Launched after photographer turned Editor-in-chief Chris Kontos lost his job due to the Greek financial crisis, Kennedy has developed into a biannual publication with global reach. We take a look at the recent ninth issue.
ONE: The contents-list cover harks back to the earliest magazines — think National Geographic a century ago. This works well for a magazine that doesn’t want to be defined itself by an image from one single piece. Here, the design is reversed and the pastel lemon background becomes the stand-out colour on the front, as the border and title are stripped back to white. It’s interesting that, at the moment, a plethora of magazines are turning to white for their front covers – is this a larger trend or perhaps a ‘beginning of the year’ feeling?
TWO: Kennedy defines itself as a Journal of Curiosities – an open term allowing it to play around with subject matter. It delves into travel, fashion, interiors, culture, and is interested in a craftsmanlike approach. The ‘curiosities’ remit brings up interesting hidden places like London’s first members-only nightclub, Annabel’s, but I get the feeling that Kennedy could go just a little deeper into these esoteric finds. I was glad to see that this issue didn’t contain any of the slightly ‘lads mag’ photoshoots that didn’t quite work with this theme in the past — it’s good for a magazine aimed at a male readership to celebrate women for who they are and what they do rather than what they look like.
THREE: The writing in the magazine often takes quite a conversational style, which works well to bring in an air of casual acquaintanceship with the reader. In previous issues, Kontos had a large presence, authoring several pieces, but he’s managed to get more contributors involved, resulting in a richer diversity of content and viewpoints for this issue, like this sideways-designed interview with American artist Chase Hall by Paige Silveria.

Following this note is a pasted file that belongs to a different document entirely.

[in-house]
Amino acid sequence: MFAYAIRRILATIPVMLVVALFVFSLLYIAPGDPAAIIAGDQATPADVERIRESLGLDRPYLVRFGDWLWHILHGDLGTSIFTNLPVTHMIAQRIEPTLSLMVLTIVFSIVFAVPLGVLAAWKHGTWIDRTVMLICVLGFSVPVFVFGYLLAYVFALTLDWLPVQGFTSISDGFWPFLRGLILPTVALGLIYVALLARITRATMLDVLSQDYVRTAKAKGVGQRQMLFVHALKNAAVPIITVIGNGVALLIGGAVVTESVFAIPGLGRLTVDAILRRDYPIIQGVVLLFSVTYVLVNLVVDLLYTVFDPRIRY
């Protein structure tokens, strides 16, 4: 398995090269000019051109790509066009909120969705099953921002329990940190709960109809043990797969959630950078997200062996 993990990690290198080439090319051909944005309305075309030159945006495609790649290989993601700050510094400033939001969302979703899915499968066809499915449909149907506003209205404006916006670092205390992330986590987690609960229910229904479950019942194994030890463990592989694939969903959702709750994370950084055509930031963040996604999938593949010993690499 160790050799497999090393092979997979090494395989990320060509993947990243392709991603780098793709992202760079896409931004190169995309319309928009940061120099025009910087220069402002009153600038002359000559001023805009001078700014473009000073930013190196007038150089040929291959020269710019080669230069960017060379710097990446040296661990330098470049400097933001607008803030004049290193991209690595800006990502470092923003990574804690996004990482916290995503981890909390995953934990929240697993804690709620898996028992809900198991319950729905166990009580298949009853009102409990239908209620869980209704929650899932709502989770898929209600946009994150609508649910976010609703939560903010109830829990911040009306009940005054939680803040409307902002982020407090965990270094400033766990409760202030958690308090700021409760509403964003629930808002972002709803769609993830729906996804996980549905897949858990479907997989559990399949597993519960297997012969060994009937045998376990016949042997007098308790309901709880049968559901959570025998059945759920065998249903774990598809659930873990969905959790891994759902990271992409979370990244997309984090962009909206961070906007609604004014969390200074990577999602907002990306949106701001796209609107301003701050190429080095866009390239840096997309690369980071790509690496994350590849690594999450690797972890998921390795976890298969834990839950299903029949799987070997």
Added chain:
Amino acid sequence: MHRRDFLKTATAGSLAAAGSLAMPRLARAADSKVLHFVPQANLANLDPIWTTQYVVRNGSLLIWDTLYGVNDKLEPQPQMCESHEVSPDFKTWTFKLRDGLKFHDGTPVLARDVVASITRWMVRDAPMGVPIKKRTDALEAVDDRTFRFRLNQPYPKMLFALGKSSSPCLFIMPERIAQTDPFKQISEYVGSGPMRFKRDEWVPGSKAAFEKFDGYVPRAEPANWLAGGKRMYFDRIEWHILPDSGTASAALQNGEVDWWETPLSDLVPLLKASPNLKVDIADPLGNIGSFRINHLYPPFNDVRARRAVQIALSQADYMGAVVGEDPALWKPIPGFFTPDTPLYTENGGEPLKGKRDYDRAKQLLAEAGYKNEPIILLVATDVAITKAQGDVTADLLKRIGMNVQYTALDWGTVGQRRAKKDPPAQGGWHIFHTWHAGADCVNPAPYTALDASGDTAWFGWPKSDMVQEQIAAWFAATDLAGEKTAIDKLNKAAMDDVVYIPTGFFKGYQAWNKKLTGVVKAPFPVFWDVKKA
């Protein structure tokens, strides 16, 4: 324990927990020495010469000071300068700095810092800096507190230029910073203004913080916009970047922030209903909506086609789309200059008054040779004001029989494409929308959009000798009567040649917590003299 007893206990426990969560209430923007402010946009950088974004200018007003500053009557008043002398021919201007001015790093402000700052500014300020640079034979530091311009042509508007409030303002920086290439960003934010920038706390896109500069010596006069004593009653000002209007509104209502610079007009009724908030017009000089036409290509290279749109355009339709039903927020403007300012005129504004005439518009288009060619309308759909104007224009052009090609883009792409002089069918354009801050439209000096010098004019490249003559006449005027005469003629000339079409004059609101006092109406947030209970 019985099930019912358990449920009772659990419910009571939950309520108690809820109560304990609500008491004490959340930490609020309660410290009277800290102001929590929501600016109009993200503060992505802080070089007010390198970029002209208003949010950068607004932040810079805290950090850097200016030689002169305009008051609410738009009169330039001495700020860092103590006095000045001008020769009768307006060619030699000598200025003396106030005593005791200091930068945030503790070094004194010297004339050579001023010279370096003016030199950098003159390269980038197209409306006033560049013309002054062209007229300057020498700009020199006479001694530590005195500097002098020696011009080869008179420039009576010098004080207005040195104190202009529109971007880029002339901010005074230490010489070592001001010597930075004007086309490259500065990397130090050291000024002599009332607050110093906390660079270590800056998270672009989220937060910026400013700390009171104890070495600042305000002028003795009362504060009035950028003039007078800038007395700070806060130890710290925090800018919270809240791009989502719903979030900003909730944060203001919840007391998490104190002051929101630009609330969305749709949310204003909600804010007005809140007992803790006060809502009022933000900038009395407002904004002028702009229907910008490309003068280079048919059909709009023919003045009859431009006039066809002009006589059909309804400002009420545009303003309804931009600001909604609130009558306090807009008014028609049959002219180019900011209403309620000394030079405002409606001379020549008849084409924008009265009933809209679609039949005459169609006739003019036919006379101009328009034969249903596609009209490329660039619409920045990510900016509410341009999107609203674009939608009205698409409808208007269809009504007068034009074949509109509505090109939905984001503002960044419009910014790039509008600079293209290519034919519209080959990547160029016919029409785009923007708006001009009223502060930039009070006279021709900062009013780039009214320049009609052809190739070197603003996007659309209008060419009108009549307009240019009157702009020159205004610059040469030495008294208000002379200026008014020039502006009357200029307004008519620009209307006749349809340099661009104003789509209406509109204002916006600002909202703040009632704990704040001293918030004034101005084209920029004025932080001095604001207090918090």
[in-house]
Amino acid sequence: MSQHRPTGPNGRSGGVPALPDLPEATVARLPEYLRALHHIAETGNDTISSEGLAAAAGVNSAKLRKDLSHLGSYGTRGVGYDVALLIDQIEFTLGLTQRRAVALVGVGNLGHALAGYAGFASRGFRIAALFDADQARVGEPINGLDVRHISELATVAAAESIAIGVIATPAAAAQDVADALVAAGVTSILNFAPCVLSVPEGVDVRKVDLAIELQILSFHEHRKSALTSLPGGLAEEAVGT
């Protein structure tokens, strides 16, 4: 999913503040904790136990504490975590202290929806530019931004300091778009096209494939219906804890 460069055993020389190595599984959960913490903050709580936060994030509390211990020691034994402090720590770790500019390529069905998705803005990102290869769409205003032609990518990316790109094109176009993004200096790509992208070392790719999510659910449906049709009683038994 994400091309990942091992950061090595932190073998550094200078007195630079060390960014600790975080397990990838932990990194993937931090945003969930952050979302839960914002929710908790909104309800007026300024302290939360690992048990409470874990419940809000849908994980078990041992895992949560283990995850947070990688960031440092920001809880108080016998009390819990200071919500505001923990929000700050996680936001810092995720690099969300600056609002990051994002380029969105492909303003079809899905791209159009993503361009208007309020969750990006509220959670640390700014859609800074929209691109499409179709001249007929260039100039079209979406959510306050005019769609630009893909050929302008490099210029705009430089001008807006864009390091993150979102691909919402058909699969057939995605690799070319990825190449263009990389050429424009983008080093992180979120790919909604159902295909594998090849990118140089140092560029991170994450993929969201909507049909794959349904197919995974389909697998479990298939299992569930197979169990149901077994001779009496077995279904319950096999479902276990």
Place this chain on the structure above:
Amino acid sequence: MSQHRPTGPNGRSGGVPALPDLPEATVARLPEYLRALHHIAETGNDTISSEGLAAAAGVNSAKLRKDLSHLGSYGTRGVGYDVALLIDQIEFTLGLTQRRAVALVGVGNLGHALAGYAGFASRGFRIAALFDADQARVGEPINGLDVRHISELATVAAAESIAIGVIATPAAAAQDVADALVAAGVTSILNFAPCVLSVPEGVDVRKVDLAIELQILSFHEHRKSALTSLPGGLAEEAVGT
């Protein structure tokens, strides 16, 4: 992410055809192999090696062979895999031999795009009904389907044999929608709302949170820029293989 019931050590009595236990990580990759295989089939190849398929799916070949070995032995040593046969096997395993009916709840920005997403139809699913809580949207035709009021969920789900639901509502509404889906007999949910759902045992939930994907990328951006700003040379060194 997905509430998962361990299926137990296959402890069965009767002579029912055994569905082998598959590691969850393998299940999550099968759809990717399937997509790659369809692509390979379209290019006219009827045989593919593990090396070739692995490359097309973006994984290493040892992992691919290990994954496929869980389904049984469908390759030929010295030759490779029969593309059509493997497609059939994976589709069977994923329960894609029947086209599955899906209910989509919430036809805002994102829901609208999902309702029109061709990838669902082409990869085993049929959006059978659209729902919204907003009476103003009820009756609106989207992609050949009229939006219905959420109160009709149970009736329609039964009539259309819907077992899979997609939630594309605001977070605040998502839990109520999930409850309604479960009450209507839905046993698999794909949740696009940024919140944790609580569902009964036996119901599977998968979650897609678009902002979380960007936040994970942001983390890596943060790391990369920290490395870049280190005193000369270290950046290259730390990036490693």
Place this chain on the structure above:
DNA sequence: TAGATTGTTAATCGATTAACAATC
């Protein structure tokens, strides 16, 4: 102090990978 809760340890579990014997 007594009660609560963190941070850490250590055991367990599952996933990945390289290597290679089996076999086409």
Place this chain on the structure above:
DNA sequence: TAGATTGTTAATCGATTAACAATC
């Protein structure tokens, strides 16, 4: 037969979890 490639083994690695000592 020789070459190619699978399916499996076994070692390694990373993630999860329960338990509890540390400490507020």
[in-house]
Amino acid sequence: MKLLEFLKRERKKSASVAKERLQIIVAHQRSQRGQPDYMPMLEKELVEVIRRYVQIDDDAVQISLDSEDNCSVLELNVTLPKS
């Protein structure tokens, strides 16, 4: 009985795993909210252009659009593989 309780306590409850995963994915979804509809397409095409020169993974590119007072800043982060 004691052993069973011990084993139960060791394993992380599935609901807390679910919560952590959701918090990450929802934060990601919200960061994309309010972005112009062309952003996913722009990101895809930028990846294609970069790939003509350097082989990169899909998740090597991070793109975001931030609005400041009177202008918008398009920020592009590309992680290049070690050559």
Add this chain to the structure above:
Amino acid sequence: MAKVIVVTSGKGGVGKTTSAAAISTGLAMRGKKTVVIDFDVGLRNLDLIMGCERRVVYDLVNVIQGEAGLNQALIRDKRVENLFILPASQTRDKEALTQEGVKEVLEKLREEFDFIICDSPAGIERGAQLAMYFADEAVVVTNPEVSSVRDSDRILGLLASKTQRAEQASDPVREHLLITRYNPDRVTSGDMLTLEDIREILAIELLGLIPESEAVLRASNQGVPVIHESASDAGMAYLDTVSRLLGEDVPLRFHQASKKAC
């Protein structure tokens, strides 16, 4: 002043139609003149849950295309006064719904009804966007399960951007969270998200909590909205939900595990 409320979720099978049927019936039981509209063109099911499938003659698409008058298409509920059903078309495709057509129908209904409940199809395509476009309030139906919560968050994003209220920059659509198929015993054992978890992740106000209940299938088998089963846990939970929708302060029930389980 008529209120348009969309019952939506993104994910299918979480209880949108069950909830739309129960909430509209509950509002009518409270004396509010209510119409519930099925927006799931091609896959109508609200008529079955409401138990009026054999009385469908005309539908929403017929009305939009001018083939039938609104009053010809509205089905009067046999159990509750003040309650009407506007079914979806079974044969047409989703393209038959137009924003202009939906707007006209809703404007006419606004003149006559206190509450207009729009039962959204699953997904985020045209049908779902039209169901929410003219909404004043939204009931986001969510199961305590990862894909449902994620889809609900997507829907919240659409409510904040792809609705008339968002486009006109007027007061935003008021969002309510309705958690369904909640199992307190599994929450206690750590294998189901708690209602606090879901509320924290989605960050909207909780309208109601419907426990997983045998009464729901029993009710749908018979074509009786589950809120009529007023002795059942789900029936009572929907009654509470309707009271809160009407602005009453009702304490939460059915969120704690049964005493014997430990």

FOUR: Kennedy has built itself on the power of the interview and Kontos’s presence is most keenly felt in the sprawling feature interview with London-based photographer Polly Brown. Running to nearly 60 pages, it’s as big as many other magazines in their entirety. The plethora of images of Brown doing normal stuff are engaging, but perhaps in this instance the verbatim style of interview could have been edited down a little.
FIVE: Being based in Athens gives the magazine an interesting jumping off point — there are plenty of references to Greece but, like the economic crisis, it is influenced by global people and happenings. Even when abroad, the focus is always to find out about the locality and the texture of everyday life. In this issue, an essay by Haydée Touitou, co-founder of The Skirt Chronicles, about a stormy day in Palermo makes reference to a John Kennedy street that was driven down – a reminder that ‘Kennedy’ as a name has traveled across the globe.
Editor-in-chief: Chris Kontos
Design: Athina Delyannnis after Angelo Pandelis